Leaders of unions representing leading nurses and other healthcare workers in 18 countries from every major continent are requesting a meeting with Pope Francis during his upcoming visit to the U.S. to discuss ways to work together to combat the alarming health effects of the climate crisis and other environmental degradation.
In an online petition posted July 22, Global Nurses United, including the U.S. based National Nurses United, the largest U.S. organization of nurses, is requesting an audience with Pope Francis to discuss:
- How nurses and the Vatican can work together to confront the adverse health effects of the climate crisis, environmental degradation, and austerity.
- Building an international alliance of nurses and faith leaders to work for more just societies, including recognition that health is a universal human right.
View the petition at: http://www.congressweb.com/nnu/19
The impetus for the request derives from both the Pope’s recent encyclical on the climate crisis, and the activism of nurses across the globe calling for action to confront the harmful effects, especially on public health, of climate change and a wide range of environmental ills.
“Together the moral authority of the Vatican as evidenced already by Pope Francis’ groundbreaking encyclical on climate change, and the high public regard for nurses offers an unprecedented opportunity to accelerate international efforts to redress these health emergencies,” said NNU Executive Director RoseAnn DeMoro, a leader in the GNU.
In the encyclical, Pope Francis warned, “some forms of pollution are part of people’s daily experience. Exposure to atmospheric pollutants produces a broad spectrum of health hazards, especially for the poor, and causes millions of premature deaths. There is also pollution that affects everyone, caused by transport, industrial fumes, substances which contribute to the acidification of soil and water, fertilizers, insecticides, fungicides, herbicides and agrotoxins in general.”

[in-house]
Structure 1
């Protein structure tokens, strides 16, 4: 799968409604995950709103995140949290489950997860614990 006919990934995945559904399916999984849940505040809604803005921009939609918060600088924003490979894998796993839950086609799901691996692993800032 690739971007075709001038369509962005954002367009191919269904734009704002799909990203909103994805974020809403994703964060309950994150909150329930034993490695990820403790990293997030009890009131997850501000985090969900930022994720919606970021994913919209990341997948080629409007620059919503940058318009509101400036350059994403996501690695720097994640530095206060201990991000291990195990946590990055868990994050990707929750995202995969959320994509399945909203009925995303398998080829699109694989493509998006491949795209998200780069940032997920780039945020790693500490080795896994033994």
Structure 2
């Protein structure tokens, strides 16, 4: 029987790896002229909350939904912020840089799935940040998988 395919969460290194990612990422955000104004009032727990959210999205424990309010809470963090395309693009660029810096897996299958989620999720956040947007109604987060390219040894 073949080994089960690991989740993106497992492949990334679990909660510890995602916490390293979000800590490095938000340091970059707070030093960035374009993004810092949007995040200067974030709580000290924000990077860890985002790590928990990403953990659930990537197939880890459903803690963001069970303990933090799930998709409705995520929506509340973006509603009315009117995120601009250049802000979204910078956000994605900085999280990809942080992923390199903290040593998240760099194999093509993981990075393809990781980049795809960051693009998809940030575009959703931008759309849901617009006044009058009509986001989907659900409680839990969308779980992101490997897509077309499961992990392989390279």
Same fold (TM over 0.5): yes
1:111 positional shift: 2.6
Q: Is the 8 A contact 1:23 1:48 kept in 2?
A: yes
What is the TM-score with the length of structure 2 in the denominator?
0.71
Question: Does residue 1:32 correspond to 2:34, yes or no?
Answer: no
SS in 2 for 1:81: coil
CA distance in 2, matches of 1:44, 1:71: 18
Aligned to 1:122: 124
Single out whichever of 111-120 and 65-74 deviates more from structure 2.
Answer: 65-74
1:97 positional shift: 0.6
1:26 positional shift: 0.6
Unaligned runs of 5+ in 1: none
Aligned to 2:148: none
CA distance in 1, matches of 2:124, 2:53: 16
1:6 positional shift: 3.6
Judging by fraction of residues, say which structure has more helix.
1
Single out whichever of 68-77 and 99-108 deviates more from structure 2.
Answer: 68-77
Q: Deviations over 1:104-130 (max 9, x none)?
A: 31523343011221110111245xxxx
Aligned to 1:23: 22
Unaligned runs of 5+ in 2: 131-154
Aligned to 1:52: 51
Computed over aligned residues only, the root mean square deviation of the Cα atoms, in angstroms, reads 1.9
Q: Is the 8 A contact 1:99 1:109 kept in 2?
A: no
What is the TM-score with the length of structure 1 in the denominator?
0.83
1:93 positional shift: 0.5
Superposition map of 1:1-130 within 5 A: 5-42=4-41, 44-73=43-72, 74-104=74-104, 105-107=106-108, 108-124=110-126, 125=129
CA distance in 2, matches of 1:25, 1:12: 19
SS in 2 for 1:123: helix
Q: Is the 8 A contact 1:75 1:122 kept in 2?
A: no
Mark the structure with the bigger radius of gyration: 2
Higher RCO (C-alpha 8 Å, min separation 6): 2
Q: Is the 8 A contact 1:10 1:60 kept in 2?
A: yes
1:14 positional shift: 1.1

Additionally, the encyclical notes, “Climate change is a global problem with grave implications: environmental, social, economic, political and for the distribution of goods. It represents one of the principal challenges facing humanity in our day.”
“I urgently appeal,” wrote the Pope, “for a new dialogue about how we are shaping the future of our planet. We need a conversation which includes everyone, since the environmental challenge we are undergoing, and its human roots, concern and affect us all.”
Nurses, “who are on front line in taking care of people whose health is directly compromised by these trends should be a part of that dialogue,” said DeMoro.
A central premise for nurses, said DeMoro, is the intrinsic view that “healthcare is a human right, that everyone should have an equal right to health care, not based on ability to pay, socio-economic status, gender, health behavior or country or area of residence. In the U.S. alone, studies have reported a 40 percent increased risk of death for those without health coverage. Lack of health coverage, or excessive cost for care result in numerous adverse health outcomes, delays in needed care, and higher societal costs.”
“Climate disruption has been linked to a wide range of health problems associated with the unexpected spread of contagious disease including Ebola, cholera, bird flu, dengue fever, yellow fever, and other epidemics, malnutrition linked to drought and deforestation, bacteria-related food poisoning, and the escalating occurrence of super storms,” DeMoro noted.
“Fossil fuel pollution, and other environmentally associated contaminants that infect air, rivers, lakes, oceans, and food supply, have been directly linked to dangerous increases in heart and respiratory disorders, cancer, birth defects, skin and gastro-intestinal illness, and other health factors leading to premature death.”
“In every country where GNU members live and work, they have been outspoken in addressing environmental pollution, and the effects of climate change. By working in cooperation with Pope Francis and the Vatican, there is no limit to what we can accomplish to protect patients and all humanity,” DeMoro said.
GNU includes nurse and healthcare workers unions from Australia, Brazil, Canada, Costa Rica, the Dominican Republic, Greece, Guatemala, Honduras, Ireland, Israel, Kenya, Paraguay, the Philippines, South Africa, South Korea, Taiwan, Uruguay, and the United States.